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Microbiology of Anaerobic Hydrocarbon Degradation in Petroleum Reservoirs

Final Report Summary - MICROBEOIL (Microbiology of Anaerobic Hydrocarbon Degradation in Petroleum Reservoirs)

The broad objective of MICROBEOIL has been to gain an improved understanding of the subsurface microbiology of heavy oil reservoirs where anaerobic hydrocarbon degradation is a dominant biogeochemical process.

MICROBEOIL has resulted in the first ever publication describing the microbiology of an unconventional heavy oil field - the tar sands in Canada. This research combined petroleum geochemistry with molecular microbiology and was able to demonstrate that a certain class of bacteria are abundant and important in low temperature heavy oil reservoirs. Epsilonproteobacteria are famous for being able to oxidise sulfur compounds, and MICROBEOIL's combined geochemical-biological analyses revealed that these organisms appear to be catalysing the oxidation of reduced sulfur compounds in crude oil in aquifers associated with heavy oil. This biogeochemical activity was shown to occur at the oil-water contact in the reservoir, in agreement with previous research on anaerobic hydrocarbon biodegradation in subsurface reservoirs.

The removal of reduced sulfur compounds in crude oil is an important process hence the inferred epsilon proteobacterial activity may be considered akin to in situ biorefining. One of the many challenges associated with producing heavy oil such as is found in these Athabasca tar sands is that the concentration of sulfur is elevated in heavy oils. This increases the cost of refining heavy oils into a low-sulfur usable product. MICROBEOIL's results suggest that microbes that are associated with the subsurface 'petroleum microbiome' may contribute to the desulfurisation of crude oil in situ. With society's reliance on petroleum energy at an all-time high and given important decisions being considered regarding the role of tar sands as an energy source in the years ahead, the results of MICROBEOIL will have an impact and contribute to decisions about the further development of heavy oil reservoirs.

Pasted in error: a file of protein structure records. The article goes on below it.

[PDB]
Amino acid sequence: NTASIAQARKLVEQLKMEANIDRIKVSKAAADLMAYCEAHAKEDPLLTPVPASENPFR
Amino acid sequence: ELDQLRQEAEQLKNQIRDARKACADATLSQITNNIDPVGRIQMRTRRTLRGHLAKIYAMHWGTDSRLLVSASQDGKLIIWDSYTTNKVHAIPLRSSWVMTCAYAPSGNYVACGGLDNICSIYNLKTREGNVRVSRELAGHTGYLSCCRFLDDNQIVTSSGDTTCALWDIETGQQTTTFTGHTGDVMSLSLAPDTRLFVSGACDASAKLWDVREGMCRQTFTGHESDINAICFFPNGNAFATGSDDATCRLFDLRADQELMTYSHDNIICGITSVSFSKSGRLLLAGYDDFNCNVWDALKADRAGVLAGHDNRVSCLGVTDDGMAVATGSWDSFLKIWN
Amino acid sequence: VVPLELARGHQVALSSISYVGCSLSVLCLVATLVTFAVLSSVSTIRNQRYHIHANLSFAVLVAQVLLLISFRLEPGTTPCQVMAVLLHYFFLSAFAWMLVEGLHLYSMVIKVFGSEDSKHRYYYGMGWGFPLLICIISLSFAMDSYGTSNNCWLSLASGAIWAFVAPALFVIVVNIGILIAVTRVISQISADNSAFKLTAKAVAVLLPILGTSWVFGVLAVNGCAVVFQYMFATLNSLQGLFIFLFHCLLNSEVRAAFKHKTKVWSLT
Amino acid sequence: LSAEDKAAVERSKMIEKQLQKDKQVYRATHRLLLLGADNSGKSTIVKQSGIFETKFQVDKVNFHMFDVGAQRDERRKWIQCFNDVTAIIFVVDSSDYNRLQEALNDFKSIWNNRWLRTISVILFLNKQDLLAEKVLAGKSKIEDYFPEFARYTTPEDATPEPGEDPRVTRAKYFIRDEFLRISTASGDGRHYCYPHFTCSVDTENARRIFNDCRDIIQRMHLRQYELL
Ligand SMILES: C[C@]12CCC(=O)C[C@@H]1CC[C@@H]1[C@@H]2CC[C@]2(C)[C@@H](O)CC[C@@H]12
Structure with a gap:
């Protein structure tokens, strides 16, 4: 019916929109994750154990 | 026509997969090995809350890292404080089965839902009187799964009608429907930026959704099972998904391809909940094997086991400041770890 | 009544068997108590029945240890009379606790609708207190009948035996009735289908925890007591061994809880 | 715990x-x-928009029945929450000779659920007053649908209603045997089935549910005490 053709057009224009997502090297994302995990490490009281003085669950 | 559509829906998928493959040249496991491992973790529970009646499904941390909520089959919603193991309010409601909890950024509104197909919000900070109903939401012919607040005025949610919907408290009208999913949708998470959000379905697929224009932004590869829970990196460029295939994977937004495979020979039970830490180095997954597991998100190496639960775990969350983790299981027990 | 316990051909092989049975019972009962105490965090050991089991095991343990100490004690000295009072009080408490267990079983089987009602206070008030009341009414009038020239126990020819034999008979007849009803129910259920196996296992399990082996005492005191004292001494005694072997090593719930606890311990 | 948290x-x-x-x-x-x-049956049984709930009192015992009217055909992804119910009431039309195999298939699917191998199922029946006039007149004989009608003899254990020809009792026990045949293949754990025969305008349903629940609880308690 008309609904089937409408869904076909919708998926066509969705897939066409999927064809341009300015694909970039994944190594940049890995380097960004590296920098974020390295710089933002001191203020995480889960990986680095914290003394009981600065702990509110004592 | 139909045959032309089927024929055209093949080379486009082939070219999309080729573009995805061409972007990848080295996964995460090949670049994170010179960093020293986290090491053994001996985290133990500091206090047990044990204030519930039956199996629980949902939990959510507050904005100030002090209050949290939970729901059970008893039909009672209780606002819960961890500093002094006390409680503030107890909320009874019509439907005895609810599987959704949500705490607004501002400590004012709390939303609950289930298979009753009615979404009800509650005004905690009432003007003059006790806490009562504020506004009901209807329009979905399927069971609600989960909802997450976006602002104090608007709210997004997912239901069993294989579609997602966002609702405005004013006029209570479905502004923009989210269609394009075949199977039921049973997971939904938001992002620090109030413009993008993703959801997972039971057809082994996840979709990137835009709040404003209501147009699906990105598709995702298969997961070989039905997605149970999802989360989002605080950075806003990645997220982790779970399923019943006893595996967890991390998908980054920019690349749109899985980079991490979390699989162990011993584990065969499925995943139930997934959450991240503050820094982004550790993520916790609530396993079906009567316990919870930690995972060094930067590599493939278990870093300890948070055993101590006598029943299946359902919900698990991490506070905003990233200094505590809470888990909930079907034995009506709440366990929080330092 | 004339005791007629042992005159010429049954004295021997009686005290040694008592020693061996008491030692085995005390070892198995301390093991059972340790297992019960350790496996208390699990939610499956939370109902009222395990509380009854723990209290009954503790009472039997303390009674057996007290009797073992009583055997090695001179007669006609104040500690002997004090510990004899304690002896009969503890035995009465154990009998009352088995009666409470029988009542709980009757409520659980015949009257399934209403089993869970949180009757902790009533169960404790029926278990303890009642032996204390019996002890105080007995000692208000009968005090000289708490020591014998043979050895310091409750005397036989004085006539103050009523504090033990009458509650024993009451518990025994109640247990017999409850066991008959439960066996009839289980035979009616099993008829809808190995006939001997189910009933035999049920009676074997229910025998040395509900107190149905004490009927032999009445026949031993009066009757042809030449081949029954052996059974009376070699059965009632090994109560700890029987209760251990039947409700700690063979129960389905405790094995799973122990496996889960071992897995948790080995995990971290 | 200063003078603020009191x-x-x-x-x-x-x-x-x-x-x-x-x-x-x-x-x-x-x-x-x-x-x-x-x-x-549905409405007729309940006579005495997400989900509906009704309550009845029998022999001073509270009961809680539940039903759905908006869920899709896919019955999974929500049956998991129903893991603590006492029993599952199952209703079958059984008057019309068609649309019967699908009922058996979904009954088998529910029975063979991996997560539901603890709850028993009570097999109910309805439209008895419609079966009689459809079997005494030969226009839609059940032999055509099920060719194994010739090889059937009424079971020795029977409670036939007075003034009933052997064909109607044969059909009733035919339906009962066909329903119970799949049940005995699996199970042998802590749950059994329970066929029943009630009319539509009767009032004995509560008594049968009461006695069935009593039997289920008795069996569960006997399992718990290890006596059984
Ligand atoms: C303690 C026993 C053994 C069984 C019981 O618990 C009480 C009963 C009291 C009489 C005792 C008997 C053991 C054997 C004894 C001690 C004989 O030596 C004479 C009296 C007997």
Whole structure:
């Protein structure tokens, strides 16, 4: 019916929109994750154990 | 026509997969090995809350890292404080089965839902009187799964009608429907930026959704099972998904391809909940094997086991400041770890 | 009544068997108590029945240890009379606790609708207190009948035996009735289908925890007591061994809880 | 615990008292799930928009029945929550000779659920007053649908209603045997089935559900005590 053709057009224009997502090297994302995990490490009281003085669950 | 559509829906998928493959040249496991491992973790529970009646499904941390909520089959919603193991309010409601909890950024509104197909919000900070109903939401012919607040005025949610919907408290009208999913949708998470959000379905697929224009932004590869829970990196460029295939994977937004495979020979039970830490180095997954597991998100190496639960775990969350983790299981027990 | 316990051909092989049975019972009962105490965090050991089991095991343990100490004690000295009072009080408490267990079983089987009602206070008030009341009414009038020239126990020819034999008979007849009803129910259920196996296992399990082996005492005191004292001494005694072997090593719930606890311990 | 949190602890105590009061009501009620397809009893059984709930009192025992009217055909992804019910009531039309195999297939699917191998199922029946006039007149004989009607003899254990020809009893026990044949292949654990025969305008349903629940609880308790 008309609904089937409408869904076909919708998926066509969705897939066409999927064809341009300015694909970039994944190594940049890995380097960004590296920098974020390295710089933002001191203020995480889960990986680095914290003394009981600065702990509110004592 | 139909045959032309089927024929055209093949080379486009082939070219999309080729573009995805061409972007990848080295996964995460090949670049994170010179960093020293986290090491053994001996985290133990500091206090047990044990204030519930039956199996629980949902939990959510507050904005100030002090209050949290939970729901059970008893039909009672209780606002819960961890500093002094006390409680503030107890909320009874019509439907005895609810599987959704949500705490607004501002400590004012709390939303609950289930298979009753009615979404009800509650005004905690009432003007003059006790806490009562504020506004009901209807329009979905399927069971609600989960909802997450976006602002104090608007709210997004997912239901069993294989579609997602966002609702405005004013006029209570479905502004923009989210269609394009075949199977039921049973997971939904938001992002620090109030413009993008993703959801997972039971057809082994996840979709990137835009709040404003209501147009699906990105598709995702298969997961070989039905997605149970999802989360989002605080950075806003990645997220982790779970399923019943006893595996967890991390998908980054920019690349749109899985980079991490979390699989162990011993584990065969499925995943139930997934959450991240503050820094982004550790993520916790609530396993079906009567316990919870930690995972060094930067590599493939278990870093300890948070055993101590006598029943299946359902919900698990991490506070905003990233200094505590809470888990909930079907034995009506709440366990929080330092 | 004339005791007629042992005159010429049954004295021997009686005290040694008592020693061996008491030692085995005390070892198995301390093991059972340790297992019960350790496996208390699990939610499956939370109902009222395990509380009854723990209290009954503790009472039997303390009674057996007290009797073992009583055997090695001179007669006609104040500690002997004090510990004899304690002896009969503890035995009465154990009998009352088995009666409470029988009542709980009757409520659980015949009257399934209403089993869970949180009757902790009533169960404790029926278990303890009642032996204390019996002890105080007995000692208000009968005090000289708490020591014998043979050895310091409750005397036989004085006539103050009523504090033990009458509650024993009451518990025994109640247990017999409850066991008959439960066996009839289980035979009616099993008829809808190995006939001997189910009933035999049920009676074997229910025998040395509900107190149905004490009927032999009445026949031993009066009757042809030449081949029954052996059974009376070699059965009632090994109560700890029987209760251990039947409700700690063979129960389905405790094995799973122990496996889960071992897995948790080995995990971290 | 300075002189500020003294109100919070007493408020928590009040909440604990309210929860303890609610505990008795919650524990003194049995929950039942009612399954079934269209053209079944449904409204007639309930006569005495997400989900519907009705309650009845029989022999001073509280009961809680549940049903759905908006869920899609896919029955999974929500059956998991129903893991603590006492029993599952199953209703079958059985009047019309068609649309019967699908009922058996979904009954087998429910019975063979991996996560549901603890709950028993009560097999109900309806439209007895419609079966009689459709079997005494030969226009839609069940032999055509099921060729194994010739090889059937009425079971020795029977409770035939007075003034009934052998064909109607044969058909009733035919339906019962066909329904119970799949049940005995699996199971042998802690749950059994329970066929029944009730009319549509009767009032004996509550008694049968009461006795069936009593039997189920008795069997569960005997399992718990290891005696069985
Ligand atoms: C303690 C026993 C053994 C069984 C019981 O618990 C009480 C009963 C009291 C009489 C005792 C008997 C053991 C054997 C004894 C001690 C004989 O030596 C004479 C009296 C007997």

The discovery described above raised an important issue that had to be addressed - the veracity of discovering such a massive dominance of Epsilonproteobacteria had to be addressed through using a variety of complementary analytical approaches. In the past, several studies have commented and concluded that the occurrence of Epsilonproteobacteria in petroleum-associated subsurface habitats may have been an artefact of the chosen methods (selectivity of a limited set of PCR primers). By using multiple and overlapping analytical PCR approaches MICROBEOIL has debunked this idea and provided solid evidence of the occurrence of these bacteria and their putative roles in oil reservoirs. To put this in context a meta-analysis of published microbial community analyses from oil reservoirs was performed, revealing patterns related to different bacterial taxa in subsurface oil reservoirs of different temperature. Epsilonproteobacteria are the dominant bacterial taxa in low temperature oil fields, whereas Firmicutes are dominant in high temperature fields.

The meta-analysis and high temperature firmicutes association has led to new hypotheses and research directions, linked to those in the MICROBEOIL proposal, involving microcosm enrichment culture experiments where River Tyne sediments are incubated at various temperatures with and without crude oil. This is a useful and convenient experimental analogue for understanding important processes relevant to subsurface petroleum reservoirs (anaerobic hydrocarbon degradation; sulfate reduction at high temperature). In particular, intriguing preliminary results pointing to sulfate-reducing Firmicutes from the subsurface has led to new hypotheses and research proposals that follow on from MICROBEOIL. These proposals have been successful in securing significant funding from UK research councils. The legacy of the MICROBEOIL Marie Curie International Incoming Fellowship (IIF) project will therefore include several more years of research on deep biosphere and petroleum microbiology questions for > 5 early career scientist.